Cider Press Hill

Yikes!

Saturday, 8:51 am

By Kate

Sep

24

2005

sunny

Massachusetts Electric, my electric utility, has filed plans with the state to raise rates by 27.5%. The higher rates would be in effect from November 1 through April 30. The gas utility has also requested a rate increase of 17%.

"Electricity rates and fossil fuel prices have been linked for several years and the prices on the world market have gone up,” said Cheryl LaFleur, president and chief executive officer for Massachusetts Electric.

The utility said the proposed increase was expected to add $17.52 to an average residential customer’s monthly electricity bill for an increase of 27.5 percent.

Wow. This is going to be a lean winter for a lot of people and a colder and darker one for a lot of other people. Welcome to the cruel new world.



 

Ethics is just a pretty word

Saturday, 7:29 am

By Kate

Sep

24

2005

sunny

Well, it’s a brand new day and what have we on the news? Mostly Rita, but also a little blurb about our Senator Frist being investigated, by the SEC and Justice (according to Bloomberg), for insider trading. The story goes like this: Frist had blind trusts set up, for himself and his family, to protect himself from any accusations of conflict of interest while being an important person in the Congress. Then he sold some of those securities two weeks before a publicly traded company, with Frist family connections, issued a poor earnings report. According to Investopedia, a blind trust is a “trust in which the executors have full discretion over the assets, and the trust beneficiaries have no knowledge of the holdings of the trust.”

According to this Associated Press article, Frist’s trusts weren’t so blind. He received regular updates on his investments held in these ‘blind’ trusts.

Then, when HCA, Inc (a hospital operating company founded by his father and brother and on whose board of directors his brother still serves) started to head south, he sold off the company stock held in those blind trusts, coincidentally just two weeks before the company issued an unfavorable earnings report—after which the publicly traded stock tanked some 16%.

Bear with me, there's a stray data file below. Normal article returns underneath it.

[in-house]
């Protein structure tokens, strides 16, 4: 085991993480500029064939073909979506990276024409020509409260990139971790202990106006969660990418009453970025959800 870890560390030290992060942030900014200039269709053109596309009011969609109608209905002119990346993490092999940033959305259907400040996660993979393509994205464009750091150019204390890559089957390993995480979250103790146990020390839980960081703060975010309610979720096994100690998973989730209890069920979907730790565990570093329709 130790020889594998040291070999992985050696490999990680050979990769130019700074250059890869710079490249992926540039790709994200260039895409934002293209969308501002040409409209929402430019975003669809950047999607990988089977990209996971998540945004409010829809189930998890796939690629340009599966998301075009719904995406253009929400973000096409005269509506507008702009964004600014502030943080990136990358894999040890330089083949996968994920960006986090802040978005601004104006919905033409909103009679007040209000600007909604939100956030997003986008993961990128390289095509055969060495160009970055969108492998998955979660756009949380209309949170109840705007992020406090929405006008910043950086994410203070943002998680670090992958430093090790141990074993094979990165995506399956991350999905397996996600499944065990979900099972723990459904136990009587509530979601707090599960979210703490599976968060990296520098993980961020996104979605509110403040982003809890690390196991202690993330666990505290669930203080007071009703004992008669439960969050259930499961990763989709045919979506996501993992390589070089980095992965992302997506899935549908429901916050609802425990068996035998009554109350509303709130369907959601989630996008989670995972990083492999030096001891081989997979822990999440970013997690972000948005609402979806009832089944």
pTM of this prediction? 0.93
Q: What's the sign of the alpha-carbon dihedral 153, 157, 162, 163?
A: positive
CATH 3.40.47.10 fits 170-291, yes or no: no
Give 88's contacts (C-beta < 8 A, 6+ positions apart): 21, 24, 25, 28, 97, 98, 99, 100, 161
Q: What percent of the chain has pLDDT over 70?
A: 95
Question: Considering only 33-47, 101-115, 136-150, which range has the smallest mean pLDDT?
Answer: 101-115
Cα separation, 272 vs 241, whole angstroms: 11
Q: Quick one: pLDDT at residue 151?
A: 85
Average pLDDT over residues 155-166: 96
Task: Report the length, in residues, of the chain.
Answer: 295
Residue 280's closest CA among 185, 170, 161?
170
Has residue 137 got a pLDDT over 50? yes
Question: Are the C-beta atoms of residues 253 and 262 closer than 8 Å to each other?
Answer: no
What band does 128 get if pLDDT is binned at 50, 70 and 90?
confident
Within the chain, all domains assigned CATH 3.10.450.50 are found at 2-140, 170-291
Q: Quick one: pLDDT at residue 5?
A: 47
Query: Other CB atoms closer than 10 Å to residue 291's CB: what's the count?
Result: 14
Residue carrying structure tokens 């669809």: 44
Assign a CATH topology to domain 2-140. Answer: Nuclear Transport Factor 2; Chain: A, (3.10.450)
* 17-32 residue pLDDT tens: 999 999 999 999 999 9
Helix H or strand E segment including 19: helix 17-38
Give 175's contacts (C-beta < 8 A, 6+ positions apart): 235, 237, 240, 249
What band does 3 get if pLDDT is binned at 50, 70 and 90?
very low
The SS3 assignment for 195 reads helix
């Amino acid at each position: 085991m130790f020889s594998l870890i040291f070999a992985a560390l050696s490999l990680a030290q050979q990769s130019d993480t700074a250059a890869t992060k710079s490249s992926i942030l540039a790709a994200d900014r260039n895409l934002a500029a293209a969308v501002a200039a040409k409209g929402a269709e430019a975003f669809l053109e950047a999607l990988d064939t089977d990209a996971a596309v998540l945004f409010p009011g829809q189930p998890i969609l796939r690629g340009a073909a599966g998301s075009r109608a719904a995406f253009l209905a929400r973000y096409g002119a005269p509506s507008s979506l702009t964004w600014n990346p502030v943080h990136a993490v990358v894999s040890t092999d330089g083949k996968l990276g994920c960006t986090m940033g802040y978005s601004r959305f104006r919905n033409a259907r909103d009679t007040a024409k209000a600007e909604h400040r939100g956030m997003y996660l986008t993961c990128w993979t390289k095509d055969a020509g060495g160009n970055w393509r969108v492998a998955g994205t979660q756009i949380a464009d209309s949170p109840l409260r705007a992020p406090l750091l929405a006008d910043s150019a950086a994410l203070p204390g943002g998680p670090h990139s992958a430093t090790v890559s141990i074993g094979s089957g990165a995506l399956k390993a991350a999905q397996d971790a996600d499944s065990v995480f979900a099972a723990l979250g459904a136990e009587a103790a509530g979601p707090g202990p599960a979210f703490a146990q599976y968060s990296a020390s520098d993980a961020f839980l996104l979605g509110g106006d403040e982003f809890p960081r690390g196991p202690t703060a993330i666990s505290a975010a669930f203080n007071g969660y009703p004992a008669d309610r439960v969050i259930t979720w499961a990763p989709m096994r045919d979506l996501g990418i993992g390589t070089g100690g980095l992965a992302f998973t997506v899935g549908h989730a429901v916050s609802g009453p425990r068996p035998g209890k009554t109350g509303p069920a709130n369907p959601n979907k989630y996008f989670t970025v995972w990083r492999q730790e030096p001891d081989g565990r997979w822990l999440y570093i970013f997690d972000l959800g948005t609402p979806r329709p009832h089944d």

Two problems there: He, not the trust executors, was making investment decisions on the blind trusts’ contents, despite publicly stating on national television that he had no knowledge of the blind trusts’ composition and he gives every appearance of having sold off the HCA, Inc securities, along with other insiders, two weeks before the stock tanked on the basis of a poor earnings report—before the general public knew anything about the earnings report.

Frist claims, of course, that he did no such thing. He claims that he lately learned that he still had the HCA, Inc securities and was trying to unload them to prevent conflict of interest. Which, supposedly, is what the blind trusts were supposed to protect him from. I wonder how he’ll weasel around verifiable evidence that he was being fed updates on the securities, and then sold a bunch of his family company’s securities just before an unfavorable earnings report came out.

The SEC and Justice are now investigating. And if I was cynical, after reading the slant of the Bloomberg piece, I might suspect there was some political payback involved in this.  It’ll be interesting to see if Frist ends up wearing an orange jumpsuit or just ends up with his presidential ambitions crushed.

~~~~~~~~~~~~

On Rita: Still too soon to know what damage has been wrought across the Texas and Louisiana coastal regions, but there are a lot of people who are feeling the slightest bit jumpy about the state of oil and natural gas production. The hurricane came on shore in an area thick with refineries. And it plowed through a portion of the Gulf that is thickly populated with oil rigs. The Oil Drum will have tons of reliable information coming in during the next several days that will keep those interested up to date on the damage and production issues. It’s a good resource.

While the potential loss of life and property are very important concerns in the wake of the hurricane, a hard hit to the energy industry will not help the already devastated local economy nor the health of our national economy.

As for New Orleans—now what? I love that city very much. It has always been dear to my heart. But realistically, how do we pump billions and billions of dollars into rebuilding the city when the levees are so compromised? Wouldn’t it be prudent to address the levees first before rebuilding and redeveloping the city?